The Role of Biocrusts in Arid Land Hydrology

  • Sonia ChamizoEmail author
  • Jayne Belnap
  • David J. Eldridge
  • Yolanda Cantón
  • Oumarou Malam Issa
Part of the Ecological Studies book series (ECOLSTUD, volume 226)


Biocrusts exert a strong influence on hydrological processes in drylands by modifying numerous soil properties that affect water retention and movement in soils. Yet, their role in these processes is not clearly understood due to the large number of factors that act simultaneously and can mask the biocrust effect. The influence of biocrusts on soil hydrology depends on biocrust intrinsic characteristics such as cover, composition, and external morphology, which differ greatly among climate regimes, but also on external factors as soil type, topography, and vegetation distribution patterns, as well as interactions among these factors. This chapter reviews the most recent literature published on the role of biocrusts in infiltration and runoff, soil moisture, evaporation, and non-rainfall water inputs (fog, dew, water absorption), in an attempt to elucidate the key factors that explain how biocrusts affect land hydrology. In addition to the crust type and site characteristics, recent studies point to the crucial importance of the type of rainfall and the spatial scale at which biocrust effects are analyzed to understand their role in hydrological processes. Future studies need to consider the temporal and spatial scale investigated to obtain more accurate generalizations on the role of biocrusts in land hydrology.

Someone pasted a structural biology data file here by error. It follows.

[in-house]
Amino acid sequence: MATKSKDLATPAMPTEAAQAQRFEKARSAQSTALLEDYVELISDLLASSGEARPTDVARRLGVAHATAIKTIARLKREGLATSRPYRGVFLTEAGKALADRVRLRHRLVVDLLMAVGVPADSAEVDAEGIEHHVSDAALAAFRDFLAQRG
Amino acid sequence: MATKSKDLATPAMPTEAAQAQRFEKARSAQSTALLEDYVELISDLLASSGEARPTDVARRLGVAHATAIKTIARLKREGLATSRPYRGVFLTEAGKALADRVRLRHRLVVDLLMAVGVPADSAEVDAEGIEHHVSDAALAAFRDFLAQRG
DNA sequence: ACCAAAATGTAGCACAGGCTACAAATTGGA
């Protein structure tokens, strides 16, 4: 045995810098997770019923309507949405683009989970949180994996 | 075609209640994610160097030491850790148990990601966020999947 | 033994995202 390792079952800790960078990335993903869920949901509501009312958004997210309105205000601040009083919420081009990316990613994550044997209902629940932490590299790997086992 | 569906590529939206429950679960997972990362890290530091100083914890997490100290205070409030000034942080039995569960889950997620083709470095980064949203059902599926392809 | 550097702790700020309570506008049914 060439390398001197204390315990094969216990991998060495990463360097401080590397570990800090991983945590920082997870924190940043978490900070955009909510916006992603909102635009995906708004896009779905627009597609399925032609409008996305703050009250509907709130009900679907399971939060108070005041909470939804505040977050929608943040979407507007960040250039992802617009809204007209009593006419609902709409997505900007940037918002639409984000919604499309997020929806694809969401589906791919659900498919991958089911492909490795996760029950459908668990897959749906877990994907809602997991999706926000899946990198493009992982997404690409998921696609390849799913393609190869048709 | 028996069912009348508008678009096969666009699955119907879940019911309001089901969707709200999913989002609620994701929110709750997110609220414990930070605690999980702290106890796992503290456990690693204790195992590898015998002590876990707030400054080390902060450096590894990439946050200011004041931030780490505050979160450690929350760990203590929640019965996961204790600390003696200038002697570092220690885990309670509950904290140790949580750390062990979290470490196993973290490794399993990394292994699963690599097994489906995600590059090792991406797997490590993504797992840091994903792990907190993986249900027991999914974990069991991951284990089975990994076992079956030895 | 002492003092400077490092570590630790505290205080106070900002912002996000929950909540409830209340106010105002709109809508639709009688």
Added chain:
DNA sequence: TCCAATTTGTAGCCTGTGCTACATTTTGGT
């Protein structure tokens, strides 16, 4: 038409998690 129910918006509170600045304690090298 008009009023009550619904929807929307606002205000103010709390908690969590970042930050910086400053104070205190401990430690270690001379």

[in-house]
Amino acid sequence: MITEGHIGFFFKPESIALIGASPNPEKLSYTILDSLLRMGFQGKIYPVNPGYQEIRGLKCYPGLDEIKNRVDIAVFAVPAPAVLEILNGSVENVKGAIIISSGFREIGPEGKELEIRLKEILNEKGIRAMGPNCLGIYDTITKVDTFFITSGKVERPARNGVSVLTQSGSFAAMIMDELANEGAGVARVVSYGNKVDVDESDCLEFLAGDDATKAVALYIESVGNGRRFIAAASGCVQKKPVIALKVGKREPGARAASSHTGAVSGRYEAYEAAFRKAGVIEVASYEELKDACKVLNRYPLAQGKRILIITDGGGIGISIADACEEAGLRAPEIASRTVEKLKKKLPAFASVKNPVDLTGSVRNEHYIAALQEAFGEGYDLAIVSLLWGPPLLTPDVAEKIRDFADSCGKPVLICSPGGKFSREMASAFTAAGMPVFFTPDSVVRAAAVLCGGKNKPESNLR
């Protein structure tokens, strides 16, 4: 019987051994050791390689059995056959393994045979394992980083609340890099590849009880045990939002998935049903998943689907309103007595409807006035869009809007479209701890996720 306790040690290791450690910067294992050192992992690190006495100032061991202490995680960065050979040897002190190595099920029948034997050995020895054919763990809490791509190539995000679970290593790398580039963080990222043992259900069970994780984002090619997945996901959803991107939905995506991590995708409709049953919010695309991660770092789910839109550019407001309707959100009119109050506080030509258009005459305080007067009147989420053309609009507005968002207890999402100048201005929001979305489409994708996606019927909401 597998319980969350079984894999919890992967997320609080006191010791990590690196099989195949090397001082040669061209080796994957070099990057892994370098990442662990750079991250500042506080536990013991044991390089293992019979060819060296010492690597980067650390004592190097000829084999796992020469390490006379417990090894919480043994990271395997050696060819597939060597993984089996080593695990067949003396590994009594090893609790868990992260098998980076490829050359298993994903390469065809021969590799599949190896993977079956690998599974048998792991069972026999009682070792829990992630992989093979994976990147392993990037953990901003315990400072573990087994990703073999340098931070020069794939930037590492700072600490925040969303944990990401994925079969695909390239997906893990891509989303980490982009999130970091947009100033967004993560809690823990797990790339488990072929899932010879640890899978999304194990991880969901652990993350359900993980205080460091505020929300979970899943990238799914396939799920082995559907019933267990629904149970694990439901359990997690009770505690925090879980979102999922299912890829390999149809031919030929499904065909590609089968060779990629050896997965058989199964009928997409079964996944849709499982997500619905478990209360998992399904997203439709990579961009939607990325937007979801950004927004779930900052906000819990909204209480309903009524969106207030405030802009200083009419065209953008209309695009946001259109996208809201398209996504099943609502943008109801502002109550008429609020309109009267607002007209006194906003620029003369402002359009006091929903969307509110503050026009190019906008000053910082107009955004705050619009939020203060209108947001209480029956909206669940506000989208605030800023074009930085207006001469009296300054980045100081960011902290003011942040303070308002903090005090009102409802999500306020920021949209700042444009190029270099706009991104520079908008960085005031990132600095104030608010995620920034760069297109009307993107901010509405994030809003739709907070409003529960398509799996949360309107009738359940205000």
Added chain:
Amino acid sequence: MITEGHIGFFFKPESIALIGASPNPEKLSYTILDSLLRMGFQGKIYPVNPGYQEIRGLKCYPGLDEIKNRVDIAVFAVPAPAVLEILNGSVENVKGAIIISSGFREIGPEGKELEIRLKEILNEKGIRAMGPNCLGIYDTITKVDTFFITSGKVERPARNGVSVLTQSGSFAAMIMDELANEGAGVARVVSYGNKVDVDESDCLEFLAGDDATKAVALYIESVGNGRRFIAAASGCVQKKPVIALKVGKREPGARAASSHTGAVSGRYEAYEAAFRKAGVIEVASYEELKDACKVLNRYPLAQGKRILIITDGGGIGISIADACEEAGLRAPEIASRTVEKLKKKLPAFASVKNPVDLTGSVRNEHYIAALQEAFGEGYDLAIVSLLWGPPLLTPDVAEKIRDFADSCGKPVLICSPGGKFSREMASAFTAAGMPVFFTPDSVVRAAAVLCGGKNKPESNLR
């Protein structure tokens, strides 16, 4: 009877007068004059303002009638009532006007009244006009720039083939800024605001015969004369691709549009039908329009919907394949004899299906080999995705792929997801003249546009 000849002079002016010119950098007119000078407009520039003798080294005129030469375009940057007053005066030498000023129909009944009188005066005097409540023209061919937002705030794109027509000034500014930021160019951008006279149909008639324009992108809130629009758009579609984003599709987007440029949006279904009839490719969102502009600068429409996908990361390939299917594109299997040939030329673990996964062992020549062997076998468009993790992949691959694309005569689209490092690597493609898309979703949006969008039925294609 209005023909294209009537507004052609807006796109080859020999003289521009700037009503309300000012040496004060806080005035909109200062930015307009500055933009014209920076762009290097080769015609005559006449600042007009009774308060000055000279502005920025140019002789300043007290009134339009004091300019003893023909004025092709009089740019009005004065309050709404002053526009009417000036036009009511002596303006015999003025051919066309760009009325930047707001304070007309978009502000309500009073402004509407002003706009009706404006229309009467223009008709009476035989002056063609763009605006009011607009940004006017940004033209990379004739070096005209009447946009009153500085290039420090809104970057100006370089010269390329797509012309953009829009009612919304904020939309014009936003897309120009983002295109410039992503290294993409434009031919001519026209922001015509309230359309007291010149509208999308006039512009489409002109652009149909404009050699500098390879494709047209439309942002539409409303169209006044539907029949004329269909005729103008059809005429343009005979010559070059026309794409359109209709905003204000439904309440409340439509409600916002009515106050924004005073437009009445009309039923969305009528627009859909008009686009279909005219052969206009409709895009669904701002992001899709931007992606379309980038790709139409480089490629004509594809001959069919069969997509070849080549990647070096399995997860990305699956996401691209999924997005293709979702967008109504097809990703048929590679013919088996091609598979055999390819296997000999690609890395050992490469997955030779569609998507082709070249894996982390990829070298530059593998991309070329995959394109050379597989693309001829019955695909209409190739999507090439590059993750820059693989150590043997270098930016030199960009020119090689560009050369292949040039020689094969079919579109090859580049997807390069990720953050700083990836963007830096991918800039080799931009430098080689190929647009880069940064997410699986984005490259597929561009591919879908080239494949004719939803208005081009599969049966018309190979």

Hydraulic Conductivity Bare Soil Tengger Desert Antecedent Soil Moisture Gurbantunggut Desert 
These keywords were added by machine and not by the authors. This process is experimental and the keywords may be updated as the learning algorithm improves.



SC was supported by the project BACARCOS (CGL2011-29429), funded by the Spanish Ministry of Science and Technology and European Union ERDF funds. JB was supported by the US Geological Survey’s Ecosystems and Climate and Land Use programs. Any use of trade, firm, or product names is for descriptive purposes only and does not imply endorsement by the US government.


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Copyright information

© Springer International Publishing Switzerland 2016

Authors and Affiliations

  • Sonia Chamizo
    • 1
    Email author
  • Jayne Belnap
    • 2
  • David J. Eldridge
    • 3
  • Yolanda Cantón
    • 1
  • Oumarou Malam Issa
    • 4
    • 5
  1. 1.Department of AgronomyUniversity of AlmeriaAlmeriaSpain
  2. 2.U.S. Geological SurveySouthwest Biological Science CenterMoabUSA
  3. 3.Centre for Ecosystem Science, School of Biological, Earth and Environmental SciencesUniversity of New South WalesSydneyAustralia
  4. 4.URCAReimsFrance
  5. 5.UMR 242 IEES-Paris, IRD representation au NigerNiameyNiger

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